Perhaps.  Scientists studying the chemical composition of meteorites have discovered several nucleobases (the building blocks for DNA and RNA, which are by some theories essential to the early formation of life) that appear to have been of extraterrestrial formation, because they are rarely, if ever, seen on earth; the abstract of the report published online in the Proceedings of the National Academy of Science:

 All terrestrial organisms depend on nucleic acids (RNA and DNA), which use pyrimidine and purine nucleobases to encode genetic information. Carbon-rich meteorites may have been important sources of organic compounds required for the emergence of life on the early Earth; however, the origin and formation of nucleobases in meteorites has been debated for over 50 y. So far, the few nucleobases reported in meteorites are biologically common and lacked the structural diversity typical of other indigenous meteoritic organics. Here, we investigated the abundance and distribution of nucleobases and nucleobase analogs in formic acid extracts of 12 different meteorites by liquid chromatography–mass spectrometry. The Murchison and Lonewolf Nunataks 94102 meteorites contained a diverse suite of nucleobases, which included three unusual and terrestrially rare nucleobase analogs: purine, 2,6-diaminopurine, and 6,8-diaminopurine. In a parallel experiment, we found an identical suite of nucleobases and nucleobase analogs generated in reactions of ammonium cyanide. Additionally, these nucleobase analogs were not detected above our parts-per-billion detection limits in any of the procedural blanks, control samples, a terrestrial soil sample, and an Antarctic ice sample. Our results demonstrate that the purines detected in meteorites are consistent with products of ammonium cyanide chemistry, which provides a plausible mechanism for their synthesis in the asteroid parent bodies, and strongly supports an extraterrestrial origin. The discovery of new nucleobase analogs in meteorites also expands the prebiotic molecular inventory available for constructing the first genetic molecules.

Does this really clear up any of the mysteries as to how life formed and evolution got rolling here on earth?  No.  It presents the possibility that life got its start with the delivery of pre-biotic chemicals (the nucleic acids contained in the meteors) from space, but that is all that it does.  There was no report of little extraterrestrial creatures forming in the core of the meteorites, oozing out to colonize earth.  All we have is the possibility, if the science can be properly replicated, that some of life’s building blocks were delivered to earth via meteorite.  It offers a possible pathway for life to have developed, but that is all.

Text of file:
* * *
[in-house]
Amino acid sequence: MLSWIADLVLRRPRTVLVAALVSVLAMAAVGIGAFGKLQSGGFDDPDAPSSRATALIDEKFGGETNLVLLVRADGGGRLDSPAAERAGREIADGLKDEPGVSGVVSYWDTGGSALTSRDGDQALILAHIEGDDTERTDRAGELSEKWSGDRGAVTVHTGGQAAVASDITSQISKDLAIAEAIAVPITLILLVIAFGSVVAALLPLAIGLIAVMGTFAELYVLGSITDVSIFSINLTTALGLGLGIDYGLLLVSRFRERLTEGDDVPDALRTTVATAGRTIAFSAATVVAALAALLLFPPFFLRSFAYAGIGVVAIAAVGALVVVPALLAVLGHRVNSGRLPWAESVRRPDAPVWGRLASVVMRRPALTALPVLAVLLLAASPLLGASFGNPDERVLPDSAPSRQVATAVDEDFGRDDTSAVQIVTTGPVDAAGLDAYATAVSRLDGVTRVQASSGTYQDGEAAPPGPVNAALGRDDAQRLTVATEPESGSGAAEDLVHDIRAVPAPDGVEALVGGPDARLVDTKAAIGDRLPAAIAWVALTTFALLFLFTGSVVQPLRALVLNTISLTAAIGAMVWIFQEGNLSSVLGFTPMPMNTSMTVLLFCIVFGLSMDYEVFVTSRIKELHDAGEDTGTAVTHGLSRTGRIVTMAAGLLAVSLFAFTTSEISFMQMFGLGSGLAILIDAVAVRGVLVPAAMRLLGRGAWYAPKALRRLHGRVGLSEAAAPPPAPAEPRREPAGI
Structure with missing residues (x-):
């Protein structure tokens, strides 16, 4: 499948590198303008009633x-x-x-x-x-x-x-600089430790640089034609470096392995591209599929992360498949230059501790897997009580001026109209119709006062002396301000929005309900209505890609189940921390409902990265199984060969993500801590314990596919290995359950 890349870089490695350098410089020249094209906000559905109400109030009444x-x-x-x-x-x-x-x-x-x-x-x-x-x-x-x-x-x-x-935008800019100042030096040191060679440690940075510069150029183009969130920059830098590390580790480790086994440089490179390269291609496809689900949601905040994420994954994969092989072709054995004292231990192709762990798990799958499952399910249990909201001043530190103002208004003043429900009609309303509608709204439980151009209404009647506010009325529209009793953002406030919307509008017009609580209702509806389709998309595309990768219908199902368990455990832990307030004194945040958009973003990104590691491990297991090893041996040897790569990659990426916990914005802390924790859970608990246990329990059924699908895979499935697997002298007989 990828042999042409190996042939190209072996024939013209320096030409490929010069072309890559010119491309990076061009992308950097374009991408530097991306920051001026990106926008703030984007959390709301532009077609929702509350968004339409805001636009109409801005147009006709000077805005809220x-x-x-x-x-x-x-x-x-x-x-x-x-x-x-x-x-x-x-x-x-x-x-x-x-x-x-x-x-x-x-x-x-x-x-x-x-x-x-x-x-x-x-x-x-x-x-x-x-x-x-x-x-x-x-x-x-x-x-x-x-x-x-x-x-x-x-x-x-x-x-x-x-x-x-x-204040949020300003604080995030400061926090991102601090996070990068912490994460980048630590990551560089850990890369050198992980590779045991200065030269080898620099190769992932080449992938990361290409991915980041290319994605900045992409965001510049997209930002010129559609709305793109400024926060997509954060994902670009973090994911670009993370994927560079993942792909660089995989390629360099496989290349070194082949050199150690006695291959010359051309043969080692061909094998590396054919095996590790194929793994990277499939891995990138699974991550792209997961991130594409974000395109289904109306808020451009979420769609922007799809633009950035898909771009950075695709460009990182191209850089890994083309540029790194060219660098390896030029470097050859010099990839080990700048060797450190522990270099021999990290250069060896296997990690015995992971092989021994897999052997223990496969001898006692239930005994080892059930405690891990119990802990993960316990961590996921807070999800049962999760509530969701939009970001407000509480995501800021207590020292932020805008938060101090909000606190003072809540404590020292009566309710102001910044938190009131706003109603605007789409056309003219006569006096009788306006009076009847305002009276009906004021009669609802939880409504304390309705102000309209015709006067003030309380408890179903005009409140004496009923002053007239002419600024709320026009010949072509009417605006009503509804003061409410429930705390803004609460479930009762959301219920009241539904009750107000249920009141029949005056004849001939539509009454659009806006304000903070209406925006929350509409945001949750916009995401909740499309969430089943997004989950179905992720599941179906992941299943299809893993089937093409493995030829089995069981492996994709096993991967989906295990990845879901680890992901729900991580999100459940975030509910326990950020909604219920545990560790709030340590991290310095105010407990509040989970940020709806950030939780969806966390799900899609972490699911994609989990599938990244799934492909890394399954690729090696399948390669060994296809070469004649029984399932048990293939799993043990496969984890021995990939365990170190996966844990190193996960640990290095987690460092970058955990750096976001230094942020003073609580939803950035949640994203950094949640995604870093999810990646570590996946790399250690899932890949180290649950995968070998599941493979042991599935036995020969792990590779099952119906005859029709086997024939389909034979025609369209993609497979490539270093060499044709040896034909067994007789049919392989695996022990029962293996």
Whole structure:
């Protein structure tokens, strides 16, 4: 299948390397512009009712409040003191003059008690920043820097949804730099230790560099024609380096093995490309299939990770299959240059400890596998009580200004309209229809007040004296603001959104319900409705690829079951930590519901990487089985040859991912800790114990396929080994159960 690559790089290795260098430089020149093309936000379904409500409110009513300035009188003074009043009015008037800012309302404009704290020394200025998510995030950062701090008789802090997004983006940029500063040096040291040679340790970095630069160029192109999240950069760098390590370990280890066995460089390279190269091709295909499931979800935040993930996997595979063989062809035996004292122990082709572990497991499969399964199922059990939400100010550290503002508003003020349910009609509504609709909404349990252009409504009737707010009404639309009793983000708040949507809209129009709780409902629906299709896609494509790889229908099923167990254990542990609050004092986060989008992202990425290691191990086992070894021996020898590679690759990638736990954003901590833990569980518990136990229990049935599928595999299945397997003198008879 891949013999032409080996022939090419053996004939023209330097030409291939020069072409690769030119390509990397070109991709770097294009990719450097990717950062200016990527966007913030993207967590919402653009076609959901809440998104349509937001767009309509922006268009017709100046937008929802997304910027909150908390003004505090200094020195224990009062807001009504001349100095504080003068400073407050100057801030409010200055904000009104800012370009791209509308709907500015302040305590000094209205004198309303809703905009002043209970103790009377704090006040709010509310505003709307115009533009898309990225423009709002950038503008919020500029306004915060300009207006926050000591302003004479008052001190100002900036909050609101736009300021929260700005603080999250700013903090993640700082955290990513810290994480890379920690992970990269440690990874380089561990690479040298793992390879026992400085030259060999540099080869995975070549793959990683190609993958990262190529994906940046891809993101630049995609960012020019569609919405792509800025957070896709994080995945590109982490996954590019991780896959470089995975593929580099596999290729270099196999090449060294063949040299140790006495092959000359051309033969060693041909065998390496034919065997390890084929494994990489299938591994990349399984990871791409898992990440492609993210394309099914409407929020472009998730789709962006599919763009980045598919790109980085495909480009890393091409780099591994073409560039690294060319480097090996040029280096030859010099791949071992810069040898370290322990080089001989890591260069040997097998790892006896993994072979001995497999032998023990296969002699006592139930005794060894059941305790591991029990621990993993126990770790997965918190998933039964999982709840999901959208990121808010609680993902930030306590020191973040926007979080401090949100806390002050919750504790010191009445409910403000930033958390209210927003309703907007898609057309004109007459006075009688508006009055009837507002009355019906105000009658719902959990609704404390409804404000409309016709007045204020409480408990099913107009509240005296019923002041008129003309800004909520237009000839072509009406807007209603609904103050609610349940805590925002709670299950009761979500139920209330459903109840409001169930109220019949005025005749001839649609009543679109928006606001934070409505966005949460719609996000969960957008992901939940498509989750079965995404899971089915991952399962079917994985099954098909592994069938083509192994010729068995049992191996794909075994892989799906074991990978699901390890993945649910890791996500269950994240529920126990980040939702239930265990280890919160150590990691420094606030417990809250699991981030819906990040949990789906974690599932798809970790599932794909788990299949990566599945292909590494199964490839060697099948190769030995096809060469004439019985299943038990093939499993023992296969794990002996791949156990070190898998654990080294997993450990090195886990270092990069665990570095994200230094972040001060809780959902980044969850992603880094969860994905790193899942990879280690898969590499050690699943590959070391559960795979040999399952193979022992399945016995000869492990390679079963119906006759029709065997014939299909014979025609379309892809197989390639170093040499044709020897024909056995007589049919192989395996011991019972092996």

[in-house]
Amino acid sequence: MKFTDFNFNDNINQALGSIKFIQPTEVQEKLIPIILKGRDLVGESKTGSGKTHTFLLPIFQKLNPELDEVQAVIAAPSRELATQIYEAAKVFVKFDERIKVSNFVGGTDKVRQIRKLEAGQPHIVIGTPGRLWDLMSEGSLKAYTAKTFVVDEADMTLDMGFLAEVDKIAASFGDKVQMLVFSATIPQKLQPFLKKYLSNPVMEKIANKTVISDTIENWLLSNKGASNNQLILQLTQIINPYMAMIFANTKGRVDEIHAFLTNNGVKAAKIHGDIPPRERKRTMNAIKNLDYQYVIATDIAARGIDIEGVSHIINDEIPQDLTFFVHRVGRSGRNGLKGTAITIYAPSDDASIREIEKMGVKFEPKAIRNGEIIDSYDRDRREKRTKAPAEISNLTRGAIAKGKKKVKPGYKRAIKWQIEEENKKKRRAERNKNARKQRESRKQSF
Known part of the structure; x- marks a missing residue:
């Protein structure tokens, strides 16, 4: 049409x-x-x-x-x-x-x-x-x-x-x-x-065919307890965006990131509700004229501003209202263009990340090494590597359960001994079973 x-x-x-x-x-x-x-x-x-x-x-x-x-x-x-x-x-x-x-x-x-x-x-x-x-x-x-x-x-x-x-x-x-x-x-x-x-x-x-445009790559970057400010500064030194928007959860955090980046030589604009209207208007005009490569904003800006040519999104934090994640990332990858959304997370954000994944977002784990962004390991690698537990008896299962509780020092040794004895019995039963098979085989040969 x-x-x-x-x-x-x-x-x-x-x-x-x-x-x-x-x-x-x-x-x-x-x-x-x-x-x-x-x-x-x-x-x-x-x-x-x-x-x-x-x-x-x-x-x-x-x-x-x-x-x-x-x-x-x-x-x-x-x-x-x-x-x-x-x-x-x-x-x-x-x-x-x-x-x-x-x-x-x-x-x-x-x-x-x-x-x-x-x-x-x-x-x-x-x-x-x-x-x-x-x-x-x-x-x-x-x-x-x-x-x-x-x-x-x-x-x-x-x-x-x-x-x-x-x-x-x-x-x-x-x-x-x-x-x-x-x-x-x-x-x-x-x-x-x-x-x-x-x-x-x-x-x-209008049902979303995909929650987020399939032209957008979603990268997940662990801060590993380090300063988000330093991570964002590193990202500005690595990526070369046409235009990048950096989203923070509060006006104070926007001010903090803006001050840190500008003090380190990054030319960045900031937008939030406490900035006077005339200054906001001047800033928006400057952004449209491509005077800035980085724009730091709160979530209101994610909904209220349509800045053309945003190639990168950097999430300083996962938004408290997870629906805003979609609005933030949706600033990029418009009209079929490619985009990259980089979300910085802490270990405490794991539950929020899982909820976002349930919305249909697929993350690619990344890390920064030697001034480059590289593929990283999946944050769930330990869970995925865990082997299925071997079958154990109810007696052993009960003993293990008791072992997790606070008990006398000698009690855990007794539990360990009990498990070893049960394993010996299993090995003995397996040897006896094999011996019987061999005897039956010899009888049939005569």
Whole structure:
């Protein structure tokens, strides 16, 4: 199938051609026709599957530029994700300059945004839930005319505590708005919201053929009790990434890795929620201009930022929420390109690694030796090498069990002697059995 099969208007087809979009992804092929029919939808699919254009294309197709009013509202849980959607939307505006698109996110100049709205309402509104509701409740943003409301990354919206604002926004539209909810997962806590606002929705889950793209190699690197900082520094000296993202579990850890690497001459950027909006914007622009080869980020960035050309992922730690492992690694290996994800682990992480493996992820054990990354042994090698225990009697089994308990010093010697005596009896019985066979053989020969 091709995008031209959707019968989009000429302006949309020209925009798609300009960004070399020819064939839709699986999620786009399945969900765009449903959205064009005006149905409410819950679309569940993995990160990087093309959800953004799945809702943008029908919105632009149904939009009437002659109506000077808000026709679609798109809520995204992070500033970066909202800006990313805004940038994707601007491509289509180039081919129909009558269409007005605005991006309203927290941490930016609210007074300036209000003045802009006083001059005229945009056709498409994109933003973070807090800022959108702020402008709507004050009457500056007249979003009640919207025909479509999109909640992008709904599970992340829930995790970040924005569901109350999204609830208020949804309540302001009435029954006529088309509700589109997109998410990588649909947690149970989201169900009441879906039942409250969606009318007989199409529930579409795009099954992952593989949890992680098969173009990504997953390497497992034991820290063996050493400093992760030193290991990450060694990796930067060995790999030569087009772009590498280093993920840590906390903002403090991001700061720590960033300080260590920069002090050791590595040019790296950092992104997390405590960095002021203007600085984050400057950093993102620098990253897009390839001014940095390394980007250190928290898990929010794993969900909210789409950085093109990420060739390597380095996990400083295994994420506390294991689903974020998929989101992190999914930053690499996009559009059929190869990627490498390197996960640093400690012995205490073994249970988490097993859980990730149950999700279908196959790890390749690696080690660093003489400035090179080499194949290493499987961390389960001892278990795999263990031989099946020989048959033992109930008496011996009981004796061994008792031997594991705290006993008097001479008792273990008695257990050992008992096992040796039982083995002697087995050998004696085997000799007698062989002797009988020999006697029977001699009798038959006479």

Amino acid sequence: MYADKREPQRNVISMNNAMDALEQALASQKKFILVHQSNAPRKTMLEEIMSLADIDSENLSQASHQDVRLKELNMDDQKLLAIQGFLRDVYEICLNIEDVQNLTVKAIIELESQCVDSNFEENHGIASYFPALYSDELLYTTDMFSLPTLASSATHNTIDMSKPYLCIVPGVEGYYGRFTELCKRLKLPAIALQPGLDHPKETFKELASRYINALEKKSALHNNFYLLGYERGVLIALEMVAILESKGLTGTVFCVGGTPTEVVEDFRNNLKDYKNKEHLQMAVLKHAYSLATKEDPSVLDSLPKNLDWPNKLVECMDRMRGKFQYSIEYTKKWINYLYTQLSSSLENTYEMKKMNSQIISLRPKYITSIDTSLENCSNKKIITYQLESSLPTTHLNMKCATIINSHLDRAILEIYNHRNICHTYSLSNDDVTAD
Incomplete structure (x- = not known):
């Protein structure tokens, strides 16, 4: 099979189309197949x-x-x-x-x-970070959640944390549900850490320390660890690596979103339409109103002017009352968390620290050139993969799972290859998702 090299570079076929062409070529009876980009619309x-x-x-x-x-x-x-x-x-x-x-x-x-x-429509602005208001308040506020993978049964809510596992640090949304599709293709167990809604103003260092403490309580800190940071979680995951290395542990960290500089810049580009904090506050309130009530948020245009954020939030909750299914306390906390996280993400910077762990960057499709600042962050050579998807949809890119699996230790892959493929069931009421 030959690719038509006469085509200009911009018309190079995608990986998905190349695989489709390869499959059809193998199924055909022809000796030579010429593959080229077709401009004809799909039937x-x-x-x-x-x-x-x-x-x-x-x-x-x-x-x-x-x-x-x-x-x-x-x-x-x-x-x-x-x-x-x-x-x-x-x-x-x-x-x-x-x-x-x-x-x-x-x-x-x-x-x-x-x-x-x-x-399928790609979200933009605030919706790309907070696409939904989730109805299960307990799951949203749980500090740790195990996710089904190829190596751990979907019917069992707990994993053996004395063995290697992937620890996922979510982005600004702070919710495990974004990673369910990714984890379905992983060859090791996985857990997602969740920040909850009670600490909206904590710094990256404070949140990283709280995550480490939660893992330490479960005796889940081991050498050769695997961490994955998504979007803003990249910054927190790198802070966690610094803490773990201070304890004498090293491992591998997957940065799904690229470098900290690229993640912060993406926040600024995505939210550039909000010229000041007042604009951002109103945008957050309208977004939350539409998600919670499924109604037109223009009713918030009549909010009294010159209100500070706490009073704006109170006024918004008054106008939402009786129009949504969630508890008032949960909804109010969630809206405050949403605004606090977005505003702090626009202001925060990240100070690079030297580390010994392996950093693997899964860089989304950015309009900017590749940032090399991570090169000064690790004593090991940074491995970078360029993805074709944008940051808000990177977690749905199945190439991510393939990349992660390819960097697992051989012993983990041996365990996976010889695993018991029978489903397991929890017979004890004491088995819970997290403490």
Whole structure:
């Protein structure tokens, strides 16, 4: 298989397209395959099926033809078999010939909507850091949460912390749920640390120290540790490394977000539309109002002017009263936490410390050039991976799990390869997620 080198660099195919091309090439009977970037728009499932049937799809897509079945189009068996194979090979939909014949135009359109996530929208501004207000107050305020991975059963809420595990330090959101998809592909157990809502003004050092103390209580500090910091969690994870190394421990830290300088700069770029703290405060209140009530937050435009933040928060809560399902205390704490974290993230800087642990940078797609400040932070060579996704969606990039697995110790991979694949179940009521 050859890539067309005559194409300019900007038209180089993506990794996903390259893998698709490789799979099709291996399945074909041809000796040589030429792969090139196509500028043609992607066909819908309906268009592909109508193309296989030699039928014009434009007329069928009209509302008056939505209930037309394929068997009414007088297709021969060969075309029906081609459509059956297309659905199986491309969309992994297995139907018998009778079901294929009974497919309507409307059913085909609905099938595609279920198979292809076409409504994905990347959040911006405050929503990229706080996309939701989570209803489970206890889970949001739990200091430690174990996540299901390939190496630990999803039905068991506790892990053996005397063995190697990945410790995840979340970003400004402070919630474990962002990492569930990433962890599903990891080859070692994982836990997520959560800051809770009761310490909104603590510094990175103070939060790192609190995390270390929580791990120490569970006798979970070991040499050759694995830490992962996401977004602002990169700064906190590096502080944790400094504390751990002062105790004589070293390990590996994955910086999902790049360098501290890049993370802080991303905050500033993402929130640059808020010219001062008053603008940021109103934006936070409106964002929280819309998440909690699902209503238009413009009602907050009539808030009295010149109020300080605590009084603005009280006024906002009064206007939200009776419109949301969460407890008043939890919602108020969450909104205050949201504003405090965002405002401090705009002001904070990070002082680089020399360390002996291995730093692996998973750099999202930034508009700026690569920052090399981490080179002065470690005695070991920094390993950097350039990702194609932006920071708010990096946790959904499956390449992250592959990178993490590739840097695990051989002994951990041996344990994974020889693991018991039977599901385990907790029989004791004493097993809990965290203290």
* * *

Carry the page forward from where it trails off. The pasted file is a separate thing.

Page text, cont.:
And the pathway is fraught with peril.  None of the meteorites revealed the presence of cytosine, one of the nucleic acids used in building DNA and RNA, and as was explained in an earlier report (1999) by Robert Shapiro (whose book, Origins, A Skeptics Guide to the Creation of Life on Earth, 1987, I reviewed), cytosine is not susceptible to spontaneous, stable generation; the abstract of his report:

A number of theories propose that RNA, or an RNA-like substance, played a role in the origin of life. Usually, such hypotheses presume that the Watson–Crick bases were readily available on prebiotic Earth, for spontaneous incorporation into a replicator. Cytosine, however, has not been reported in analyses of meteorites nor is it among the products of electric spark discharge experiments. The reported prebiotic syntheses of cytosine involve the reaction of cyanoacetylene (or its hydrolysis product, cyanoacetaldehyde), with cyanate, cyanogen, or urea. These substances undergo side reactions with common nucleophiles that appear to proceed more rapidly than cytosine formation. To favor cytosine formation, reactant concentrations are required that are implausible in a natural setting. Furthermore, cytosine is consumed by deamination (the half-life for deamination at 25°C is ≈340 yr) and other reactions. No reactions have been described thus far that would produce cytosine, even in a specialized local setting, at a rate sufficient to compensate for its decomposition. On the basis of this evidence, it appears quite unlikely that cytosine played a role in the origin of life. Theories that involve replicators that function without the Watson–Crick pairs, or no replicator at all, remain as viable alternatives.

Without cytosine, life could not have arisen on the basis of DNA and/or RNA, at least not in the configurations in which they are today found.  Whether or not the nucleic acids found on the meteorites are extraterrestrial, they still did not contain one of the necessary nucleic acids, cytosine, that between them, DNA and RNA employ in replicating life, and as Shapiro explains, the nucleic acid is not amenable to having been spontaneously generated.

Next theory.